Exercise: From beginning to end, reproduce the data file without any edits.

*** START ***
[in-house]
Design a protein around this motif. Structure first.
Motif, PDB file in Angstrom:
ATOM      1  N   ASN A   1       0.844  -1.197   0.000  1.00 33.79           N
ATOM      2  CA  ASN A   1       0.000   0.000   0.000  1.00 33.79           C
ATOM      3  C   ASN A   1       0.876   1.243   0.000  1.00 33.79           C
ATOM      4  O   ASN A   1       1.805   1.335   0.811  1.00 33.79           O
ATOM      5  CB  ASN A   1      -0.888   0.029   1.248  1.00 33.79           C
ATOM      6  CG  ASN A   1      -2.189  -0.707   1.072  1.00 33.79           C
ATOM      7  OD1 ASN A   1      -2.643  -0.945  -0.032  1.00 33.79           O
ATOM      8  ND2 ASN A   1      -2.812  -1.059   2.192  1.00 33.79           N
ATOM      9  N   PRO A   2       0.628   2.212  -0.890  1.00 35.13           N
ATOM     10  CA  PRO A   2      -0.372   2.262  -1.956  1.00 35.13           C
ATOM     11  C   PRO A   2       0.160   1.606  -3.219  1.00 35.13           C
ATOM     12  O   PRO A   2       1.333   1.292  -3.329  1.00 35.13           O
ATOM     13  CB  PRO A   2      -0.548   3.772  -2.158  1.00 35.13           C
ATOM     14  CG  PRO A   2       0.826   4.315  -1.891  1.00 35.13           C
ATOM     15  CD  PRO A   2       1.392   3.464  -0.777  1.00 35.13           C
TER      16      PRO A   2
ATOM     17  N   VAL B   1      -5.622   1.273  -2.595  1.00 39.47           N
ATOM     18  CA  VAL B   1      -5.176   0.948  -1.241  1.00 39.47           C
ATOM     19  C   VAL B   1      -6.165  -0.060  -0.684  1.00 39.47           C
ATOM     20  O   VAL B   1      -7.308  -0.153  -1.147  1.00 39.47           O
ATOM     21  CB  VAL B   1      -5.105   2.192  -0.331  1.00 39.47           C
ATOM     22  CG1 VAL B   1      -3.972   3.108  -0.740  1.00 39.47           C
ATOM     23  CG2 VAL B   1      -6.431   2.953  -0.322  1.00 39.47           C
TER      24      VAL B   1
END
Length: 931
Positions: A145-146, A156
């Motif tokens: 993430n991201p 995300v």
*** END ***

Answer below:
[in-house]
Design a protein around this motif. Structure first.
Motif, PDB file in Angstrom:
ATOM      1  N   ASN A   1       0.844  -1.197   0.000  1.00 33.79           N
ATOM      2  CA  ASN A   1       0.000   0.000   0.000  1.00 33.79           C
ATOM      3  C   ASN A   1       0.876   1.243   0.000  1.00 33.79           C
ATOM      4  O   ASN A   1       1.805   1.335   0.811  1.00 33.79           O
ATOM      5  CB  ASN A   1      -0.888   0.029   1.248  1.00 33.79           C
ATOM      6  CG  ASN A   1      -2.189  -0.707   1.072  1.00 33.79           C
ATOM      7  OD1 ASN A   1      -2.643  -0.945  -0.032  1.00 33.79           O
ATOM      8  ND2 ASN A   1      -2.812  -1.059   2.192  1.00 33.79           N
ATOM      9  N   PRO A   2       0.628   2.212  -0.890  1.00 35.13           N
ATOM     10  CA  PRO A   2      -0.372   2.262  -1.956  1.00 35.13           C
ATOM     11  C   PRO A   2       0.160   1.606  -3.219  1.00 35.13           C
ATOM     12  O   PRO A   2       1.333   1.292  -3.329  1.00 35.13           O
ATOM     13  CB  PRO A   2      -0.548   3.772  -2.158  1.00 35.13           C
ATOM     14  CG  PRO A   2       0.826   4.315  -1.891  1.00 35.13           C
ATOM     15  CD  PRO A   2       1.392   3.464  -0.777  1.00 35.13           C
TER      16      PRO A   2
ATOM     17  N   VAL B   1      -5.622   1.273  -2.595  1.00 39.47           N
ATOM     18  CA  VAL B   1      -5.176   0.948  -1.241  1.00 39.47           C
ATOM     19  C   VAL B   1      -6.165  -0.060  -0.684  1.00 39.47           C
ATOM     20  O   VAL B   1      -7.308  -0.153  -1.147  1.00 39.47           O
ATOM     21  CB  VAL B   1      -5.105   2.192  -0.331  1.00 39.47           C
ATOM     22  CG1 VAL B   1      -3.972   3.108  -0.740  1.00 39.47           C
ATOM     23  CG2 VAL B   1      -6.431   2.953  -0.322  1.00 39.47           C
TER      24      VAL B   1
END
Length: 931
Positions: A145-146, A156
């Motif tokens: 993430n991201p 995300v």